Web 3.0 – The Future of the Internet

What Happened To Web 1.0?

Remember AOL keywords? Almost a decade ago, this was the primary form of online interaction that businesses used to engage in. You see a television commercial – a Ford car, for example – and then a message pops up at the end of it that goes something like this: “Go to AOL Keyword: Ford”. You type in the keyword at the AOL website and the webpage for the Ford Motor Company magically appears at your computer monitor. Before search engines like Google came into prominence, this was what people did if they wanted to know more about a particular subject, and businesses paid big money to secure keywords to snag a larger piece of the pie for themselves.

AOL Keywords

AOL is a poster child for Web 1.0. Everything is static, communication is one-way; it is basically an extension of television where people are just expected to stare at their screens and not interact with the content at all.

Then Web 2.0 comes along.

The term was coined by Tim O’ Reilly. What was initially flouted as mere marketing hype and a short-lived buzzword has now become accepted terminology for describing the various evolutionary stages that the Internet is constantly going through. Though there is no standard definition that perfectly delineates Web 2.0 from Web 1.0, here are some of the recognized features that most Internet experts agree on:

1. Web 2.0 gives users more control over the Internet.

People now have a direct hand in how they want the Internet to be managed. For example, instead of having to rely on computer programs and software to organize and index online content, users can do the categorization process on their own by assigning “tags” or “labels” that would best describe a piece of content.

Tags option in YouTube Video.

2. Web 2.0 allows people to freely participate in content creation.

Content production on the Internet used to be mostly in the hands of companies and other large businesses. Then free blogging services like WordPress and Blogspot popped up, thereby giving anyone with an Internet connection free rein on the creation of websites and other forms of online content. Wikipedia (where every article can be written and edited by the public) is a great model that displays the power of online collaboration. It was primarily the reason why proprietary encyclopedia software like Microsoft Encarta fell into disuse and quickly went out of fashion.

Wikipedia, the reason behind the fall of proprietary encyclopedia software.

3. Web 2.0 is social.

Take a look at the social networking sites that rose to fame in the last decade: Friendster, MySpace, Facebook, Twitter, LinkedIn, Tumblr, Pinterest, etc. And there are lesser known niche networking sites out there that number in the hundreds. Compared to Web 1.0, Web 2.0 is a more active environment for people to engage and interact in.

Four of the most popular Social Media Platforms

4. Web 2.0 provides a rich Internet experience for web users.

Websites in Web 1.0 were made up of mostly static web pages. Software like Adobe Flash, Shockwave and Java gave people the chance to develop robust and interactive websites that make the surfing experience more enjoyable.

5. Web 2.0 is a platform.

Web 1.0, in its entirety, was basically a mere collection of web pages strung together that users could click on and read through. Web 2.0 takes the capacities of the World Wide Web network further by allowing developers to build software and applications using the Web as a platform.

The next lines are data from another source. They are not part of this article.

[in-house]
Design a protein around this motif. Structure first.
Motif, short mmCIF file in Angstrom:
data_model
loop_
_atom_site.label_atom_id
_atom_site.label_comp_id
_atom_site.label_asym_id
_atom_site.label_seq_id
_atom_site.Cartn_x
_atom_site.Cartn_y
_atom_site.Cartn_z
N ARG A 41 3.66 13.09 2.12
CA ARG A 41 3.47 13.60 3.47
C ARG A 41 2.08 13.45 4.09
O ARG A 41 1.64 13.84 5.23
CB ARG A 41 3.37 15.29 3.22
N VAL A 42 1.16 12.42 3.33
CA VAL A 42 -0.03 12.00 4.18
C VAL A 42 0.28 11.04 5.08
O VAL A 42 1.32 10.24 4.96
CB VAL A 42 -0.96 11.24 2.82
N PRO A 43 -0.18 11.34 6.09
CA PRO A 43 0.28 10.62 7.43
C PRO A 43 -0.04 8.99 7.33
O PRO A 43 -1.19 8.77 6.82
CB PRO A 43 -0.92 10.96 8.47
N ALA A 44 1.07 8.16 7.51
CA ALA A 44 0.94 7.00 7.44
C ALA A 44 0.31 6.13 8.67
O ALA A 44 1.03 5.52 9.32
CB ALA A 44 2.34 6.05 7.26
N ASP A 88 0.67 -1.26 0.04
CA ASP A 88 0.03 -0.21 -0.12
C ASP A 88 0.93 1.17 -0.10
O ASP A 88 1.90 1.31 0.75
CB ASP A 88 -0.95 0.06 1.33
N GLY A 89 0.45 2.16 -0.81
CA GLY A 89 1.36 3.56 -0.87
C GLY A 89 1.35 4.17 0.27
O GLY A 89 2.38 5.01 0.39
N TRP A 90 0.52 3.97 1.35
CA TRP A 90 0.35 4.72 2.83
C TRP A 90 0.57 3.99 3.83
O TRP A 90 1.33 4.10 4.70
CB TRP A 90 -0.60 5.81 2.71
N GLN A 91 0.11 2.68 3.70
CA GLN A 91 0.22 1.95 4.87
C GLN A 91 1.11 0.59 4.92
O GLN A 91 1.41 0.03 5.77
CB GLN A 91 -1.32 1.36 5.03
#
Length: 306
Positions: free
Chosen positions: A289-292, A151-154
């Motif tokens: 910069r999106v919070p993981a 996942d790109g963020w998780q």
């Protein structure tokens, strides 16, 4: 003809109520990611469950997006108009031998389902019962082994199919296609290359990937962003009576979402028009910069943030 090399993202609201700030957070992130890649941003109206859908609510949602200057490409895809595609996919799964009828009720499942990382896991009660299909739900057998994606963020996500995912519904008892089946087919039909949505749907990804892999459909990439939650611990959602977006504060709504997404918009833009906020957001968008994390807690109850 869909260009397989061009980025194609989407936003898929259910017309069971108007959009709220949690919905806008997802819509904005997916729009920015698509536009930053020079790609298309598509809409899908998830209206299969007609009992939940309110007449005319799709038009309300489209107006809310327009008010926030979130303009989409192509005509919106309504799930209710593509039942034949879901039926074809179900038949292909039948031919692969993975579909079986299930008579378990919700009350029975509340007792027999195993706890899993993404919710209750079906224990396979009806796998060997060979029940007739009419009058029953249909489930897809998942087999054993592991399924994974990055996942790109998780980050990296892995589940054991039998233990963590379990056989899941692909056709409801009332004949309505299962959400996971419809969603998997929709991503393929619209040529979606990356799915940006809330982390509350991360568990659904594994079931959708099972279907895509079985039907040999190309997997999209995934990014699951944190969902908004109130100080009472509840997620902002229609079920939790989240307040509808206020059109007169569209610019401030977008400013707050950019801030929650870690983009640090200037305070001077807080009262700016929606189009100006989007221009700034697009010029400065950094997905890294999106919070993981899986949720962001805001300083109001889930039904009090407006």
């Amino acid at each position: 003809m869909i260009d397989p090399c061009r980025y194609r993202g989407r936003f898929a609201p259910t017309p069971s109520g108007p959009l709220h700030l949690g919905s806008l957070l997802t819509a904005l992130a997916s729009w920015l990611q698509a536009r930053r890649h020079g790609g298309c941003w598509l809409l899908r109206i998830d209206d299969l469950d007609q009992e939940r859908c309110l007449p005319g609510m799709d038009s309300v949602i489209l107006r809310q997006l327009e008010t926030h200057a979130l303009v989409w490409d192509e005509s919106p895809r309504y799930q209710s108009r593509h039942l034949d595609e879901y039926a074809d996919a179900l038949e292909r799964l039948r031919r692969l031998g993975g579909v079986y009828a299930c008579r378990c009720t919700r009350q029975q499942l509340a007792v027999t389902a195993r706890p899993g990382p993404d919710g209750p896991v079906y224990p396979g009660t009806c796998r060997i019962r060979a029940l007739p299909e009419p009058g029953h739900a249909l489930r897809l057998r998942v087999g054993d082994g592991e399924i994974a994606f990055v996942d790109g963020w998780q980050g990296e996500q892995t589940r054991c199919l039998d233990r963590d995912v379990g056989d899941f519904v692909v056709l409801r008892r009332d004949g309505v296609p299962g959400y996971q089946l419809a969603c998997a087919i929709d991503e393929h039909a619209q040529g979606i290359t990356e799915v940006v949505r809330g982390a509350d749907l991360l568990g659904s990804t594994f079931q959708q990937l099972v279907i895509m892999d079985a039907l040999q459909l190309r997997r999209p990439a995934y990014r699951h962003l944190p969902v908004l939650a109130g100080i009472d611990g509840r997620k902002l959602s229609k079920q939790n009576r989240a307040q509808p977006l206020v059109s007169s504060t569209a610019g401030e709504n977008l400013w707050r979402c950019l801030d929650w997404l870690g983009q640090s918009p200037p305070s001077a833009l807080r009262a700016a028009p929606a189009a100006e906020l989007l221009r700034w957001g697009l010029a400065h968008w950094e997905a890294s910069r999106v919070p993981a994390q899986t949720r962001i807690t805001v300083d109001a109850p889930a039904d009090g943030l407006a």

Now It’s Time For Web 3.0!

In summary, Web 2.0 was pretty cool, right? Right now, Internet experts are ushering in another new term – Web 3.0.

What’s with all the numbers, you might ask. The Web, like everything else, is constantly evolving. Web 3.0 is another phrase used to represent the next logical stage in its evolution.

Web 3.0 is all about personalization. Imagine being able to surf a Web where the content is tailored according to your profile, surfing history, likes and dislikes; search engines can now accurately interpret and respond to your search queries – it’s like having the Internet as an extension of your thought and decision making process. This concept, known as Semantic Web, is being heralded as the next step forward for the Internet. If you look around, you can see that semantic web elements are already being implemented to a great degree.

YouTube’s recommendation based on my viewing patterns. YouTube’s right, I am a big fan of Cyanogenmod.

Semantic Marketing? – The Future Of Social Media Marketing in Web 3.0

So, where exactly will you find Web 3.0 at work?

The answer: e-commerce. Or more specifically, e-commerce websites like Amazon and BestBuy. Amazon, an early player in the Web 2.0 era (they pioneered the use of user-submitted reviews and ratings), are now also using semantic web features on their site. Based on your browsing history, their system will come up with a list of related items that you might be interested in.

Amazon Recommendation

Though social media marketing revolves around Web 2.0 concepts like social sharing, user reviews and community-driven groups, Web 3.0 takes things a step further by making the marketing process reach out to people on a more personal level. Instead of shaping multiple marketing efforts to cater to particular audiences or groups, semantic social media marketing will directly target individuals – so that regardless of their personalities, political affiliations, culture, locations and whatnot – businesses can be sure that they can reach their customers, whoever and wherever they are.

Go back to Social Media Marketing for Web 3.0 series.

About Daniel Tan

Daniel Tan: A veteran Internet Marketer. Founder of SomoThemes, Social Metrics Pro, SEOPressor and XTabApps. Daniel's focus is to simplify marketing with technology, to help marketers reach more people in an organized and effective way.

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